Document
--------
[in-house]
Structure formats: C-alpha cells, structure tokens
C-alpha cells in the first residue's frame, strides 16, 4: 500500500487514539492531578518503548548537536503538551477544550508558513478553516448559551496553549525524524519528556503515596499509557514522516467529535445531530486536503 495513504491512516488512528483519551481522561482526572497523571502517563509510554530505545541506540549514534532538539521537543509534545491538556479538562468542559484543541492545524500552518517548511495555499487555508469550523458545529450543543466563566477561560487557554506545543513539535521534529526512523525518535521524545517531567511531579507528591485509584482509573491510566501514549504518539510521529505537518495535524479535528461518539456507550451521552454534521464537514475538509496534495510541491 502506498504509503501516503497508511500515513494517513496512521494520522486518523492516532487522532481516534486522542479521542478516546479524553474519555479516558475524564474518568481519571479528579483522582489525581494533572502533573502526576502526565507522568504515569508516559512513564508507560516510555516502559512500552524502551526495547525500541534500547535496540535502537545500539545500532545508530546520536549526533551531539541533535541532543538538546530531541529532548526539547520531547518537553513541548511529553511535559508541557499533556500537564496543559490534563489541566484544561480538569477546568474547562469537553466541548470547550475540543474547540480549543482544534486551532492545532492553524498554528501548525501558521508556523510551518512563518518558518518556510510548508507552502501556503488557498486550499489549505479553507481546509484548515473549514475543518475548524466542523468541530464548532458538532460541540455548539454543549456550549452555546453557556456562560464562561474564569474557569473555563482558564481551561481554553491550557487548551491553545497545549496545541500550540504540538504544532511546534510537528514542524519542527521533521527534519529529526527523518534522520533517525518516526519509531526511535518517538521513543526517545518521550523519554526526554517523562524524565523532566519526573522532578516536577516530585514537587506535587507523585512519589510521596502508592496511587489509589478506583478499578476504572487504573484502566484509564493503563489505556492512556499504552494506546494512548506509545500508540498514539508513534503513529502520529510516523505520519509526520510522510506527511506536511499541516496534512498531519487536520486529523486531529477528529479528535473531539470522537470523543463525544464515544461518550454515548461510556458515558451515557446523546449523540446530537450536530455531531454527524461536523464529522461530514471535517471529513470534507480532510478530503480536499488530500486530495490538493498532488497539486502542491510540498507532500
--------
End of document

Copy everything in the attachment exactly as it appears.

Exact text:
[in-house]
Structure formats: C-alpha cells, structure tokens
C-alpha cells in the first residue's frame, strides 16, 4: 500500500487514539492531578518503548548537536503538551477544550508558513478553516448559551496553549525524524519528556503515596499509557514522516467529535445531530486536503 495513504491512516488512528483519551481522561482526572497523571502517563509510554530505545541506540549514534532538539521537543509534545491538556479538562468542559484543541492545524500552518517548511495555499487555508469550523458545529450543543466563566477561560487557554506545543513539535521534529526512523525518535521524545517531567511531579507528591485509584482509573491510566501514549504518539510521529505537518495535524479535528461518539456507550451521552454534521464537514475538509496534495510541491 502506498504509503501516503497508511500515513494517513496512521494520522486518523492516532487522532481516534486522542479521542478516546479524553474519555479516558475524564474518568481519571479528579483522582489525581494533572502533573502526576502526565507522568504515569508516559512513564508507560516510555516502559512500552524502551526495547525500541534500547535496540535502537545500539545500532545508530546520536549526533551531539541533535541532543538538546530531541529532548526539547520531547518537553513541548511529553511535559508541557499533556500537564496543559490534563489541566484544561480538569477546568474547562469537553466541548470547550475540543474547540480549543482544534486551532492545532492553524498554528501548525501558521508556523510551518512563518518558518518556510510548508507552502501556503488557498486550499489549505479553507481546509484548515473549514475543518475548524466542523468541530464548532458538532460541540455548539454543549456550549452555546453557556456562560464562561474564569474557569473555563482558564481551561481554553491550557487548551491553545497545549496545541500550540504540538504544532511546534510537528514542524519542527521533521527534519529529526527523518534522520533517525518516526519509531526511535518517538521513543526517545518521550523519554526526554517523562524524565523532566519526573522532578516536577516530585514537587506535587507523585512519589510521596502508592496511587489509589478506583478499578476504572487504573484502566484509564493503563489505556492512556499504552494506546494512548506509545500508540498514539508513534503513529502520529510516523505520519509526520510522510506527511506536511499541516496534512498531519487536520486529523486531529477528529479528535473531539470522537470523543463525544464515544461518550454515548461510556458515558451515557446523546449523540446530537450536530455531531454527524461536523464529522461530514471535517471529513470534507480532510478530503480536499488530500486530495490538493498532488497539486502542491510540498507532500